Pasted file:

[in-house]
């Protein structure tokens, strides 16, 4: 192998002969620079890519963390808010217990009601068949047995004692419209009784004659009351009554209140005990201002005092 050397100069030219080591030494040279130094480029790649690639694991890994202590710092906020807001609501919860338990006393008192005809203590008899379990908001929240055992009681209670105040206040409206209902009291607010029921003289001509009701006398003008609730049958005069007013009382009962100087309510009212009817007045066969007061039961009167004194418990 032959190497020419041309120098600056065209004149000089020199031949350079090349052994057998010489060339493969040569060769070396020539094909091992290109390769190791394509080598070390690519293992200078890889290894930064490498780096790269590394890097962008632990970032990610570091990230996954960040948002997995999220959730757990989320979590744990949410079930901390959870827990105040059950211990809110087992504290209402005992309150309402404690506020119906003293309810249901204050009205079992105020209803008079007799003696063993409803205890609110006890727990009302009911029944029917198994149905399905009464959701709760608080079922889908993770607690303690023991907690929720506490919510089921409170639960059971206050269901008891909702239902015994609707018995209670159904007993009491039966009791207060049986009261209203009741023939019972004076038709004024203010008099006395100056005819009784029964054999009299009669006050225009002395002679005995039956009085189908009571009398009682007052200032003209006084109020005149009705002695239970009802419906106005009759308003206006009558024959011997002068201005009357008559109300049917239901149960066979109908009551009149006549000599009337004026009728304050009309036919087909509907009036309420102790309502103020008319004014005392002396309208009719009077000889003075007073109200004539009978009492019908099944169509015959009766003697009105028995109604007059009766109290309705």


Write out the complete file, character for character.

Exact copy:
[in-house]
């Protein structure tokens, strides 16, 4: 192998002969620079890519963390808010217990009601068949047995004692419209009784004659009351009554209140005990201002005092 050397100069030219080591030494040279130094480029790649690639694991890994202590710092906020807001609501919860338990006393008192005809203590008899379990908001929240055992009681209670105040206040409206209902009291607010029921003289001509009701006398003008609730049958005069007013009382009962100087309510009212009817007045066969007061039961009167004194418990 032959190497020419041309120098600056065209004149000089020199031949350079090349052994057998010489060339493969040569060769070396020539094909091992290109390769190791394509080598070390690519293992200078890889290894930064490498780096790269590394890097962008632990970032990610570091990230996954960040948002997995999220959730757990989320979590744990949410079930901390959870827990105040059950211990809110087992504290209402005992309150309402404690506020119906003293309810249901204050009205079992105020209803008079007799003696063993409803205890609110006890727990009302009911029944029917198994149905399905009464959701709760608080079922889908993770607690303690023991907690929720506490919510089921409170639960059971206050269901008891909702239902015994609707018995209670159904007993009491039966009791207060049986009261209203009741023939019972004076038709004024203010008099006395100056005819009784029964054999009299009669006050225009002395002679005995039956009085189908009571009398009682007052200032003209006084109020005149009705002695239970009802419906106005009759308003206006009558024959011997002068201005009357008559109300049917239901149960066979109908009551009149006549000599009337004026009728304050009309036919087909509907009036309420102790309502103020008319004014005392002396309208009719009077000889003075007073109200004539009978009492019908099944169509015959009766003697009105028995109604007059009766109290309705």